There’s a clear link between the origin of the play and what’s known as western philosophy. A few philosophers and playwrights developed the principles, the techniques and devices in storytelling (including films, books and plays alike) that we use today.
Philosophy on its own, just means the solving of problems – Big problems, with broad subjects like; existence, knowledge, language and reason. It can be applied to all sorts of things.
Why are plays so important?
Being able to read or write was not something just anyone could do a few thousand years ago. Even if people were telling stories, unless they could shout very loudly or write them down, not many people would hear them except through word of mouth which means there was a lot lost in translation.
Luckily for us, some storytellers did end up finding ways to write their stories down. But, it was hard enough finding anyone that could write, so imagine trying to find anyone that could read!
Someone eventually saw a niche in the market though, and figured that those who could read, could read stories out loud to a group of people… and so it began. Plays.
Have a guess where it all started… Did you guess Ancient Greece? Gold star for you!
The first Plays were performed in Athens in the Theatre of Dionysus around 500 BC and they consisted of one actor called the Protagonist who told a story with the help of a Chorus (a group of people). A man called Thespis was apparently the first ever man who went on stage and acted as a character. He even went on Tour after winning one of the first documented theatre competitions. Ha! Imagine that, Thespis on Tour! People loved him and he was a complete celebrity – like Thespis Depp or Brad Thespis.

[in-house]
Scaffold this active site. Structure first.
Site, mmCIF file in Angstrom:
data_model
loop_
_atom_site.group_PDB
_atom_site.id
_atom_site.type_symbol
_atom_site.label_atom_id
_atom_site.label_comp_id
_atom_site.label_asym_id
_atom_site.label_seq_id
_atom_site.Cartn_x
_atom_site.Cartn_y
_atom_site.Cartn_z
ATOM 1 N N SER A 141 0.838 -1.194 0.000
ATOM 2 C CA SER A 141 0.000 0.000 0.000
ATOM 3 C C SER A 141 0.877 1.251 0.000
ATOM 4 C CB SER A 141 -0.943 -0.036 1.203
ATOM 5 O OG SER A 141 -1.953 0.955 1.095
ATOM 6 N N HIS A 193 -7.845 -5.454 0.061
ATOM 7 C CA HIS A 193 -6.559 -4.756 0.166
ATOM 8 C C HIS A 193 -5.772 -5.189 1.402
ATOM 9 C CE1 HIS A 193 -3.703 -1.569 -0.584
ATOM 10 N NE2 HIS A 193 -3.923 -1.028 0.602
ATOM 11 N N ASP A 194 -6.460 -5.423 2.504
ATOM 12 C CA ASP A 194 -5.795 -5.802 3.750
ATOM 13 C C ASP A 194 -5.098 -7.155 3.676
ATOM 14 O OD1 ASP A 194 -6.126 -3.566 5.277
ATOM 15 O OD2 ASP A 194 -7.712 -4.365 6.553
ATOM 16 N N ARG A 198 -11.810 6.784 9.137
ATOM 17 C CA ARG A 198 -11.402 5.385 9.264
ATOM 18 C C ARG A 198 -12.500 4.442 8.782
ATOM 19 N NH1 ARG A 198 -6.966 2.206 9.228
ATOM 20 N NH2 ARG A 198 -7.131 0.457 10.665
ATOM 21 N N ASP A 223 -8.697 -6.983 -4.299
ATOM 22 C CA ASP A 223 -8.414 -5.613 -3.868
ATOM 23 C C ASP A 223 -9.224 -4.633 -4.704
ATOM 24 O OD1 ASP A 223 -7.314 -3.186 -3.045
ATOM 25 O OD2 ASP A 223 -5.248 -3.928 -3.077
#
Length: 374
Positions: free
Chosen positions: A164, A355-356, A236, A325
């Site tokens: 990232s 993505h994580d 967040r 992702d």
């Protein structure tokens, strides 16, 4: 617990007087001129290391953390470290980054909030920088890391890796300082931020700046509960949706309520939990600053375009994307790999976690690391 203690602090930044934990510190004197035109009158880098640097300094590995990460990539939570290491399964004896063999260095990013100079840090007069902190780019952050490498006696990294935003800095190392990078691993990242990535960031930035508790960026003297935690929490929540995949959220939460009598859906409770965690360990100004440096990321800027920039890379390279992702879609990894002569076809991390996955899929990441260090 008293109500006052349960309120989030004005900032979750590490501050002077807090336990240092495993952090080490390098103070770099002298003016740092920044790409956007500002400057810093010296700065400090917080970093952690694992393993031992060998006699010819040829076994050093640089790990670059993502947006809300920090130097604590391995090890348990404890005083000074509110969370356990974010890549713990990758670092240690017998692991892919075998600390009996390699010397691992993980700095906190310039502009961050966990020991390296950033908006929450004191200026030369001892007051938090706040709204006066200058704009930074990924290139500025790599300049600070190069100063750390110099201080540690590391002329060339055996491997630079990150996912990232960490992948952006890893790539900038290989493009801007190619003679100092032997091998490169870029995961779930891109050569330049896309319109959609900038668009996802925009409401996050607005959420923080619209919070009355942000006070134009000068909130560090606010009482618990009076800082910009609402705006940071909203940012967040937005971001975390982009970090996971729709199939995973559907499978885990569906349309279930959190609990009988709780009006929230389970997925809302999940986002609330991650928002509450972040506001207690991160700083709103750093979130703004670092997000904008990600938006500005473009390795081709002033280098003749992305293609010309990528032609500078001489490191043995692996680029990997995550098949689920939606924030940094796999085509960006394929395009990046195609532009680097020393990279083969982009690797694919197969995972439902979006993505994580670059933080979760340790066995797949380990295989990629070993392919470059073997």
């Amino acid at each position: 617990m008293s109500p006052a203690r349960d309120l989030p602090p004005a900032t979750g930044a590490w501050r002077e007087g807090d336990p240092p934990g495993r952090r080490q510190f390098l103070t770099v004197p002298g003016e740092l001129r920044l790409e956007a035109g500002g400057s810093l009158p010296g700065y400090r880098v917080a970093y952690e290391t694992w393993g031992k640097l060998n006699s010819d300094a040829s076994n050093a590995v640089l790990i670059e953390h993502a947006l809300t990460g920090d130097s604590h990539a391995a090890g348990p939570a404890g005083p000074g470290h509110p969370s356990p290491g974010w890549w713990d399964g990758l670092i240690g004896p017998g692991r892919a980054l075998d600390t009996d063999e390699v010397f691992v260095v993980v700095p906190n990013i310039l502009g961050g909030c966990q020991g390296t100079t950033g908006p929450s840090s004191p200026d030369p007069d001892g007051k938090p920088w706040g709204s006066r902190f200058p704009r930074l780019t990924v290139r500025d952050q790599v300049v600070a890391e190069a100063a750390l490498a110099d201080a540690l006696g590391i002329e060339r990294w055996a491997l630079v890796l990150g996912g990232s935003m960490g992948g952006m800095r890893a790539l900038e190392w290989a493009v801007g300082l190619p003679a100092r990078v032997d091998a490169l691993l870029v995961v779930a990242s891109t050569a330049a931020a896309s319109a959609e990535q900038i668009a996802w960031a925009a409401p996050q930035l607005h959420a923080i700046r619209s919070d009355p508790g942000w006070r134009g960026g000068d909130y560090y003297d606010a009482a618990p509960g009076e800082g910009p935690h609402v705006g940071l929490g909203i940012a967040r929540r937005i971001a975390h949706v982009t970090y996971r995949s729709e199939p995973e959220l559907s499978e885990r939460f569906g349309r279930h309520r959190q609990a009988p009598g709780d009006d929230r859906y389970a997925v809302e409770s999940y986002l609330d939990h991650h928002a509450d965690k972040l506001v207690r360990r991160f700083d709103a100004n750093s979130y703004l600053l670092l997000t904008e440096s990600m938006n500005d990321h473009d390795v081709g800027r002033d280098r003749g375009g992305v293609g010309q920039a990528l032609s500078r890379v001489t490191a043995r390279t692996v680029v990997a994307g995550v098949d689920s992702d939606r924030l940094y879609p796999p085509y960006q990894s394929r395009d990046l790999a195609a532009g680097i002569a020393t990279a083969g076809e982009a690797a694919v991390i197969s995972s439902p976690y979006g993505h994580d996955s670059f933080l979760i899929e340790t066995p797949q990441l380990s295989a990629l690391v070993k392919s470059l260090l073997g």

As time went on, the Tyrants and Politicians (same difference really) would buy their people’s favour by building theatres or sponsoring plays and employing playwrights to write for them.
Plays were so popular that within years there were Theatres popping up all over the place. But it didn’t stop at reading out loud, these were exciting times and once the ideas started rolling, they just snowballed.
A Playwright called Aeschylus (aka The Father of Tragedy), decided to change the game. He added a Second Guy to help tell the story. So there were 2 men telling the story and less chorus! The second person became known as the Antagonist. Aeschylus literally introduced the Conflict amongst his Characters. This is where storytelling evolved into something really complex.
We had our first Goodie and Baddie on stage.
So, Aeschylus had a student called Sophocles. You will never guess what he did… OK, you might. Well, he introduced a THIRD GUY!
Sophocles did other great things too but the competition was tough by now and he was overtaken by Euripides.
More of Euripides’ work survived because it was more popular than Aeschylus & Sophocles’. He was all about the representation of traditional mythical heroes as ordinary people in extraordinary circumstances. That’s because us lot in the audience loved to be able to imagine our plain-Jane selves as heroes.
Anyway, then there was Socrates who happened to be a this great mind-blowing philosopher who, in 407, met Plato. Plato abandons his first ambitions of being a playwright and becomes Socrates student and personal biographer.